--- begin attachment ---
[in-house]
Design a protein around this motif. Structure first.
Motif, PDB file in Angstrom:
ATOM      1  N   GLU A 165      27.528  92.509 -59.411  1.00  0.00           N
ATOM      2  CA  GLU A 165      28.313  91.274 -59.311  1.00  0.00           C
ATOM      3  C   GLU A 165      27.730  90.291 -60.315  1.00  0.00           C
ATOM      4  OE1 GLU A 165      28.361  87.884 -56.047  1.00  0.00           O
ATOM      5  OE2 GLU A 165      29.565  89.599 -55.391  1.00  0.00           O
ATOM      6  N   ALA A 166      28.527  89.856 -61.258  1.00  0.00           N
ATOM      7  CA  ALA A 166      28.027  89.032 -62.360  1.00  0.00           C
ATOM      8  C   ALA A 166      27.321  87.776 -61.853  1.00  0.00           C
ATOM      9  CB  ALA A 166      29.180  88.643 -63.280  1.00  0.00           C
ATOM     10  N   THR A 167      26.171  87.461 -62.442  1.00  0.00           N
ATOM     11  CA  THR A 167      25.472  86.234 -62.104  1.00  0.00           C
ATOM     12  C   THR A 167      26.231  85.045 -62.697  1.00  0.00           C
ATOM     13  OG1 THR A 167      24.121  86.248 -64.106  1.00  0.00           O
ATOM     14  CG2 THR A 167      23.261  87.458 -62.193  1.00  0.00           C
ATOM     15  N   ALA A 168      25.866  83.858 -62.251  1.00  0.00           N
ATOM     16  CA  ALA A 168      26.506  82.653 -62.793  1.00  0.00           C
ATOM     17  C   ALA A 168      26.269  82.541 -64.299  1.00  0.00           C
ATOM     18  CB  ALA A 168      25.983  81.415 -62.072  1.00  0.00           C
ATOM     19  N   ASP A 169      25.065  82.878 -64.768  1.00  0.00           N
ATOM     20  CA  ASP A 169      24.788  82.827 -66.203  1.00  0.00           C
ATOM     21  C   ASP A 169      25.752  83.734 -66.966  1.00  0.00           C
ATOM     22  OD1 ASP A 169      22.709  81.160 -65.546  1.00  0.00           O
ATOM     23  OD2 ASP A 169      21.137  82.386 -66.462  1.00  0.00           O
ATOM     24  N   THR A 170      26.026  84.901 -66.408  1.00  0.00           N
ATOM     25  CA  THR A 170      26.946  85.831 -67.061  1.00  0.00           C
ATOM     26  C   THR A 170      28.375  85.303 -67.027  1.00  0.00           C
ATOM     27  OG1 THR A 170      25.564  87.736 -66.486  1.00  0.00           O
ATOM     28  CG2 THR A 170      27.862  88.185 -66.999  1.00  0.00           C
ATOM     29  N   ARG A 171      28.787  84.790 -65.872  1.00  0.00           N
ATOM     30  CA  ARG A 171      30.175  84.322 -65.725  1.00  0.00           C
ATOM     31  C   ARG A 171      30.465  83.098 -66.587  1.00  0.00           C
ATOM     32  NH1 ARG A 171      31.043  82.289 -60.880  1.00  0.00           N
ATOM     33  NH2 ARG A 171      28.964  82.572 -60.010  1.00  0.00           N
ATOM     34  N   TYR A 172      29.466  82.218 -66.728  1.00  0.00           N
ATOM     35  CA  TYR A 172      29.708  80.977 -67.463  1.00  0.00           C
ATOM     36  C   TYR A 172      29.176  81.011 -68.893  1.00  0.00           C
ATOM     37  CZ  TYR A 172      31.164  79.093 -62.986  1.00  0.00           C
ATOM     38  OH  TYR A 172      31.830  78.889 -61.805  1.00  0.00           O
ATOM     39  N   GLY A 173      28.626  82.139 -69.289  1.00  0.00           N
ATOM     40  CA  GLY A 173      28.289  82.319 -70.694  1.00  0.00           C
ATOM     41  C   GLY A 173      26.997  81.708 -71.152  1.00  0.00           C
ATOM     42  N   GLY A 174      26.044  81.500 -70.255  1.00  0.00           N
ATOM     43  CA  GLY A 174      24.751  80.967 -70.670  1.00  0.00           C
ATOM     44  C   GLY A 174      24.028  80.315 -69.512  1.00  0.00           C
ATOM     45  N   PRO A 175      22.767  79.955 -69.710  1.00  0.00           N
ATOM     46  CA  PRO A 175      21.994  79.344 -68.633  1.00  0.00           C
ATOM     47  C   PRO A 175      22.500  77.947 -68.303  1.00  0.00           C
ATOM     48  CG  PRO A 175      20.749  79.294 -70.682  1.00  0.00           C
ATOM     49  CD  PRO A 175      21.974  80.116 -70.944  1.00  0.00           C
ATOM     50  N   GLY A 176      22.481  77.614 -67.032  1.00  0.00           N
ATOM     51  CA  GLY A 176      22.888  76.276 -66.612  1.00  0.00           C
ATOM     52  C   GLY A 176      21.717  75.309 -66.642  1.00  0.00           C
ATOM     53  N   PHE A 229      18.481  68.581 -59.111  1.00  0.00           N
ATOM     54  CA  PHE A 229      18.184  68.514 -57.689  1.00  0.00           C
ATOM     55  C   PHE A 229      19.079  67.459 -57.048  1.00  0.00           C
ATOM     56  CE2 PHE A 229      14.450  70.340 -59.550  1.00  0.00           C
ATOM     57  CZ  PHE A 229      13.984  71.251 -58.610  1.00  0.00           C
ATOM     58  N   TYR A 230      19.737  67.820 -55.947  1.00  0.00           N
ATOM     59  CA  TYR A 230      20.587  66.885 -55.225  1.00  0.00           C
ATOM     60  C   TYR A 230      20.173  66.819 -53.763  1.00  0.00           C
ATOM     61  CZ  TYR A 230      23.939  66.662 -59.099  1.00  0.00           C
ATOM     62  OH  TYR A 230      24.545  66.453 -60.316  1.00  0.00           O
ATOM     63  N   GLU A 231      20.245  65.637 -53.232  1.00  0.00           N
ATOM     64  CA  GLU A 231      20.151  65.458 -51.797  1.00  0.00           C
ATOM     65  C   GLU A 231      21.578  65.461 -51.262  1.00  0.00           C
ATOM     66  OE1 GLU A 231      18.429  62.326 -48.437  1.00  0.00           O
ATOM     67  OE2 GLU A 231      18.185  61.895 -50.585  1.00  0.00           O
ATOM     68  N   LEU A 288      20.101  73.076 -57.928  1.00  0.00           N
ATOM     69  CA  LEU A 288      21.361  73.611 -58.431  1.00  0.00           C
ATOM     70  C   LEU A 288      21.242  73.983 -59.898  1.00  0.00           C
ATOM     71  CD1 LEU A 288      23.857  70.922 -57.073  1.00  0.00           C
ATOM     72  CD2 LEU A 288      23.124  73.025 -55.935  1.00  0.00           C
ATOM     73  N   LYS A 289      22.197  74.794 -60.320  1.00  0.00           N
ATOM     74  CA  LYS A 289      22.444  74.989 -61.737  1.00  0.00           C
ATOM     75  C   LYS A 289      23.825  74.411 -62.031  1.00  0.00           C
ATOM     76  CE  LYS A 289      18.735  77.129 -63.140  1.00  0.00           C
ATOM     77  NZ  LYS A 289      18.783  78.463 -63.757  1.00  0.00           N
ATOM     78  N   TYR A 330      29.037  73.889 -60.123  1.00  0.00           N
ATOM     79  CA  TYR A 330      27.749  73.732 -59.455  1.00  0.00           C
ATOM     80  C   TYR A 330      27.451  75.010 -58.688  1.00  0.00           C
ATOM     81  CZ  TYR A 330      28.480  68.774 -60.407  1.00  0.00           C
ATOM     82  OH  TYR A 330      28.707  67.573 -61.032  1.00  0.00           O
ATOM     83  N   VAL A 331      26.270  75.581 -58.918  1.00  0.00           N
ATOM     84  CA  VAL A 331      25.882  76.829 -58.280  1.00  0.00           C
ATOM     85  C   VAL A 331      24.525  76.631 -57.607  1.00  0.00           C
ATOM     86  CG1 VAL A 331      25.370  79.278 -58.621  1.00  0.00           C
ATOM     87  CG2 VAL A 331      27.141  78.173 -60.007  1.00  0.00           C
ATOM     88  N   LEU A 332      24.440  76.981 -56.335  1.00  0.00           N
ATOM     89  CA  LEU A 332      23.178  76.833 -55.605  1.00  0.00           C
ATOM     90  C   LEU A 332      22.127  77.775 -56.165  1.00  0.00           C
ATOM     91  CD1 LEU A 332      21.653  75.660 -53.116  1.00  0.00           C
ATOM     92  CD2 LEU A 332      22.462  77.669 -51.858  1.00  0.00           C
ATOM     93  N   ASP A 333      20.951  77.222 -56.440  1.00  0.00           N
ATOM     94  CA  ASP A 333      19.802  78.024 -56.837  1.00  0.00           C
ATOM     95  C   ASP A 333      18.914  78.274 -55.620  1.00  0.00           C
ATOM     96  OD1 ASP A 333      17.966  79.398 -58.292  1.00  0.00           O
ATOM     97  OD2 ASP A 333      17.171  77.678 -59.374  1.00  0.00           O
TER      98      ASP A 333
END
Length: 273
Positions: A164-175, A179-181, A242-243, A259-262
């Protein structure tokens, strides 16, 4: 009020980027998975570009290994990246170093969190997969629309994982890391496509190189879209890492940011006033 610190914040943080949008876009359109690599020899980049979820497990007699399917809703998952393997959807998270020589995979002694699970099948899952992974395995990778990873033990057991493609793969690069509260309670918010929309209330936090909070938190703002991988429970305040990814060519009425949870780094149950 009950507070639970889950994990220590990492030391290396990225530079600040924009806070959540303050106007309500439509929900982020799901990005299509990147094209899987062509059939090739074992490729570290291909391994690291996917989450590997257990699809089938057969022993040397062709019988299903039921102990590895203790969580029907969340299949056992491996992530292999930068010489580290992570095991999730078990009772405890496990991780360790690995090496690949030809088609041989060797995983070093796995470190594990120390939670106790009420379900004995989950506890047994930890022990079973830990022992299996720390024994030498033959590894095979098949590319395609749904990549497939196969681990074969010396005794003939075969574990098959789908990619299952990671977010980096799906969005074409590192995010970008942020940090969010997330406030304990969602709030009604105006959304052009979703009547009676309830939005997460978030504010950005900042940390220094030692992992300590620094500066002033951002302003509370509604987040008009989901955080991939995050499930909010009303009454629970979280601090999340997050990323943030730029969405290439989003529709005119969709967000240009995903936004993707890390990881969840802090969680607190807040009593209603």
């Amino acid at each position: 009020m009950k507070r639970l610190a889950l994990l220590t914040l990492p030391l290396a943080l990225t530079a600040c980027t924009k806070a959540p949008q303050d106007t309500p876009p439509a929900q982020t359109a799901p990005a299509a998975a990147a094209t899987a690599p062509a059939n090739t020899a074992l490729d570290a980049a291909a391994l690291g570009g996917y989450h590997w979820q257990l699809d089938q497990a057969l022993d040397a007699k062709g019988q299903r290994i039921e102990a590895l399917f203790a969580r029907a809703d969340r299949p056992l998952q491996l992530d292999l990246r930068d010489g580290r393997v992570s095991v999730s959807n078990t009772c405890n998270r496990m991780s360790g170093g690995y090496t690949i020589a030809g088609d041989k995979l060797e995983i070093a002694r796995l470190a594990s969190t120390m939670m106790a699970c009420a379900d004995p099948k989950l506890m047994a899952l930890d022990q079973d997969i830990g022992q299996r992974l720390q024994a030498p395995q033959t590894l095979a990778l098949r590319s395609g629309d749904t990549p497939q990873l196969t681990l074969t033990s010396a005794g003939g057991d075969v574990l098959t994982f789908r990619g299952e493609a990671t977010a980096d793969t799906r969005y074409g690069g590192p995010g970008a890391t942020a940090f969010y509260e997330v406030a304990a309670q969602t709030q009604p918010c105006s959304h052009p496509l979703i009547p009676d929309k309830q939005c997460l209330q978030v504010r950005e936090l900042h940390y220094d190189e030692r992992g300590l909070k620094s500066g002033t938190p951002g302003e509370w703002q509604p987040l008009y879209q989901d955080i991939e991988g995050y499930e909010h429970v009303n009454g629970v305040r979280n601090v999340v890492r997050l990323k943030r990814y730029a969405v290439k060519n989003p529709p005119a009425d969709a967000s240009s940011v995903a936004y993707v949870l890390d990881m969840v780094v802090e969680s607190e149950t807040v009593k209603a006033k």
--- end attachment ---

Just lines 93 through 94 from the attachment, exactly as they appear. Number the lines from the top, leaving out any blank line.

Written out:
ATOM     90  C   LEU A 332      22.127  77.775 -56.165  1.00  0.00           C
ATOM     91  CD1 LEU A 332      21.653  75.660 -53.116  1.00  0.00           C